The events will give professionals and homeowners tips on how to maintain healthy turfgrass with the most efficient techniques.
Growing and maintaining turf during a sweltering West Texas summer will be in the spotlight July 7 and July 9 when the Texas Tech University Department of Plant and Soil Science hosts a program for professionals and homeowners that will show the best methods to maintaining healthy lawns and landscapes.
A Homeowner Landscape Field Day will be held for non-professionals on Saturday (July 7). Registration for the free, half-day, come-and-go event at the corner of Second Street and Quaker Avenue runs from 8 a.m.-noon at the Quaker Research Farm.
“The focus of this homeowner field day will be the general public who would like to gain a better understanding of how to properly manage their landscape to provide aesthetics with less water,” said Joey Young, an assistant professor with the Department of Plant and Soil Science in the College of Agricultural Sciences & Natural Resources.
Among the topics and demonstrations scheduled for review are:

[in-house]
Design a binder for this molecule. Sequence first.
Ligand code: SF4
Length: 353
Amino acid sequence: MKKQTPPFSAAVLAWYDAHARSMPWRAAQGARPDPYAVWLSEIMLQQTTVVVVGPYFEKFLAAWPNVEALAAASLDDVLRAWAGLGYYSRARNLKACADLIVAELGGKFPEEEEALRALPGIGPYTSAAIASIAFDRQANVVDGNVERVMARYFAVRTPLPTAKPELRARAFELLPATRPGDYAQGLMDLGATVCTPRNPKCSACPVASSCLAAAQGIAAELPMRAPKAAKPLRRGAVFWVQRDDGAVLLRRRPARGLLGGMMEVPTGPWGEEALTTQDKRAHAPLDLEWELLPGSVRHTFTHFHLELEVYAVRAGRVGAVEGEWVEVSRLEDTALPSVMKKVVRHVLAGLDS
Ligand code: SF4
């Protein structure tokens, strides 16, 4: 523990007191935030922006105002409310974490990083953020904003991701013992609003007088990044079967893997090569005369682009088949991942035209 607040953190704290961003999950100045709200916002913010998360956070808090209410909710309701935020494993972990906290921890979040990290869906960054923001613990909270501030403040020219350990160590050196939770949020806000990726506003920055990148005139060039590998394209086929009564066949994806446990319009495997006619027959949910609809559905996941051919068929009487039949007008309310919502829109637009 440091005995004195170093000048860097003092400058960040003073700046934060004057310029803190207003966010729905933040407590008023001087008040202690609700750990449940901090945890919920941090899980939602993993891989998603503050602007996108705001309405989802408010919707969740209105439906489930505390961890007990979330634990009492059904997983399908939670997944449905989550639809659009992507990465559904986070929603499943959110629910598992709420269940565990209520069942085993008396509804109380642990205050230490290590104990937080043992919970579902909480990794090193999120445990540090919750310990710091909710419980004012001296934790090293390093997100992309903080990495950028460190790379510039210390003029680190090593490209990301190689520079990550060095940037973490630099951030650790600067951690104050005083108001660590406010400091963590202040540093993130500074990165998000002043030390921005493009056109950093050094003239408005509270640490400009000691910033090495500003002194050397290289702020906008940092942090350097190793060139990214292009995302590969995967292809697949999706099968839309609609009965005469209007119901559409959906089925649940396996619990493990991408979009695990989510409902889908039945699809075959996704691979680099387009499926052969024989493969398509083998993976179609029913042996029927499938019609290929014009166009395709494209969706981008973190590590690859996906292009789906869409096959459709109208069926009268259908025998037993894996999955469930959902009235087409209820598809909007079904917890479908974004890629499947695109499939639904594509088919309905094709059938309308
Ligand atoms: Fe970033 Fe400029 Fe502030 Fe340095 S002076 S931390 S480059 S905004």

- Attracting pollinators
- Drought-tolerant landscape plants
- Fertility practices
- Growing your own vegetables
- Irrigation technology
- Turf water usage
A Professional Turfgrass Management Field Day will be held at the Texas Tech Quaker Research Farm on Monday (July 9). Registration for the half-day program begins at 7:30 a.m., and the program will run until noon. The program is free and a lunch will be provided for participants.
“We will provide information to improve the sustainability of managing turfgrass for use on golf courses, athletic fields and commercial landscapes,” Young said.
The turfgrass field day typically draws green industry professionals such as landscapers, athletic field managers and golf course superintendents, he said.
Among the topics scheduled for review are:
- Drones and moisture stress
- Recovery from jackrabbit damage
- Soil impacts on irrigation requirements
- Water retention with surfactants
- Water use om turf species
Both events have been developed and provided by Texas Tech's Department of Plant and Soil Science.